Welfare chiefs blast Prime Minister for ‘misguided’ criticism of care homes’ response to pandemic

Boris Johnson claimed many homes ‘didn’t really follow the procedures’


Communal care home bosses have criticised Prime Minister Boris Johnson as misguided and insensitive for claiming that “too many care homes didn't really follow the procedures” during the coronavirus outbreak.

Speaking to the BBC, Mr Johnson went on to say that £600 million of funding for “Covid-compliance” in care homes had been made available, but added that the care sector needed to be “properly organised and supported”.

Paula Peake, chief executive of Jewish Choice, branded the remark as “clumsy” and “misguided”.

“Comments like this go out far and wide and we are just starting to rebuild as a sector the confidence again in the public,” she told the JC.

Despite relatives of residents being supportive “all the way”, there had been a lot of reputational “damage” done to care homes.

Though there were seven deaths due to coronavirus in Jewish Choice’s Wembley home, Ms Peake said the virus had been “fought off very quickly” and that Public Health England had given the home the “green light” when it came to hygiene and PPE.

Chief executive of Nightingale Hammerson, Helen Simmons, said it was “remarkable for him not to be more sensitive. It’s important to make sure that statements that are made from politicians are evidence-based.” 

She had already received an email from a resident’s relative saying they were “horrified” by the PM’s comment.

Ten per cent of residents at Nightingale House in Clapham are aged 100 or over. Two residents at the home had died after testing positive for coronavirus.

Ms Simmons said that when care homes were “really up against it”, the “support wasn’t there” from the government.

“No PPE was made available until way too late, and then very little,” she claimed. Nightingale House had received only 500 masks from the government and had to source 30,000 on their own.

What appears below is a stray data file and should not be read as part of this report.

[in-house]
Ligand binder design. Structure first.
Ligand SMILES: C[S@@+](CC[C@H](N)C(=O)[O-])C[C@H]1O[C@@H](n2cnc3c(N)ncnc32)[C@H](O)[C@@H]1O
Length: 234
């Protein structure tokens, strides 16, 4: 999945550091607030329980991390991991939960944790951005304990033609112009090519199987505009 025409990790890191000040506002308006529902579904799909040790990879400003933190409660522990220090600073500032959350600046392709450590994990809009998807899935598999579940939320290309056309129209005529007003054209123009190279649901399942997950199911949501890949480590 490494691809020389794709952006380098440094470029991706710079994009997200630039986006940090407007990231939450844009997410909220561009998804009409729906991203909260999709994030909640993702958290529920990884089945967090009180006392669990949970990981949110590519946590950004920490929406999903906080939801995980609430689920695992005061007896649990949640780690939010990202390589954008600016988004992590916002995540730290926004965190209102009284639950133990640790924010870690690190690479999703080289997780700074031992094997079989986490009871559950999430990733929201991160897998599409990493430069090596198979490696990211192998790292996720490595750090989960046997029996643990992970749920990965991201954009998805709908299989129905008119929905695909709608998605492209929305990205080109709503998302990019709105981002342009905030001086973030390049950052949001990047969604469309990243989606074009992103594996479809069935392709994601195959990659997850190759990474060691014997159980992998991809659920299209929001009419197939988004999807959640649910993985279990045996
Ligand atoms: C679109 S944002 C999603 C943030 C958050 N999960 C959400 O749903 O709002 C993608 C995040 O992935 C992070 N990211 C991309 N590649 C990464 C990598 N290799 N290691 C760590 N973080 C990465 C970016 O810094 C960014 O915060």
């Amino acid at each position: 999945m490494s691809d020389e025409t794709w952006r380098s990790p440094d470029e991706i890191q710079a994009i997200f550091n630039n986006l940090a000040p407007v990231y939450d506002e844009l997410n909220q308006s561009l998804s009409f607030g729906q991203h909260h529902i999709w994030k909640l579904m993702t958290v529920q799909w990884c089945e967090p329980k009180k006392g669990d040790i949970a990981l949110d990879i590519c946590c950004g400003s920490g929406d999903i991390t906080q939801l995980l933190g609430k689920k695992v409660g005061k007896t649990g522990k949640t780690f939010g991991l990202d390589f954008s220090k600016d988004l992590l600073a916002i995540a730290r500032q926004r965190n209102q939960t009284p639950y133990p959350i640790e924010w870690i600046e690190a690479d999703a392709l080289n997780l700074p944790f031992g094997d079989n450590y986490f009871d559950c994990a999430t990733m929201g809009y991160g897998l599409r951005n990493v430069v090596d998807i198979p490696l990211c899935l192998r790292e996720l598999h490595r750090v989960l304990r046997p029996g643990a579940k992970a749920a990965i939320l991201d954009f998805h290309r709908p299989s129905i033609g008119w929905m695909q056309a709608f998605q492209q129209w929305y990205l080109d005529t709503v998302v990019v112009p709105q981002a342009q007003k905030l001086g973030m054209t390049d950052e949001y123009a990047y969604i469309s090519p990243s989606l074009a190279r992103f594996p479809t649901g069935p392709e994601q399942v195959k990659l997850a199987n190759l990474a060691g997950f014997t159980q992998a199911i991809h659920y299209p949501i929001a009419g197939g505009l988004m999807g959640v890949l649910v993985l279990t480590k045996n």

Although welcoming the Covid compliance funding, Ms Simmons pointed out that care homes “can’t backdate it” and could “only use it now”, when the peak of the pandemic had passed.

Almost 30,000 more care home residents in England and Wales have died during the outbreak than in the same period in 2019. Two thirds of those deaths have been attributed to coronavirus.

Gaby Wills, Jewish Care’s Director of Care Services, responded that the organisation had “gone above and beyond to ensure that we not only follow outlined procedures, but taken additional precautions, which, had we not done, the impact of the virus could have been much worse.”

The care provider – which had 31 deaths due to coronavirus across their ten care homes – went into lockdown over a week before the nation did.

They have now been Covid-free for more than a month, requiring any new residents to test negative and to self-isolate for the first 14 days of their stay. To date, they have procured over 1.4 million items of PPE.

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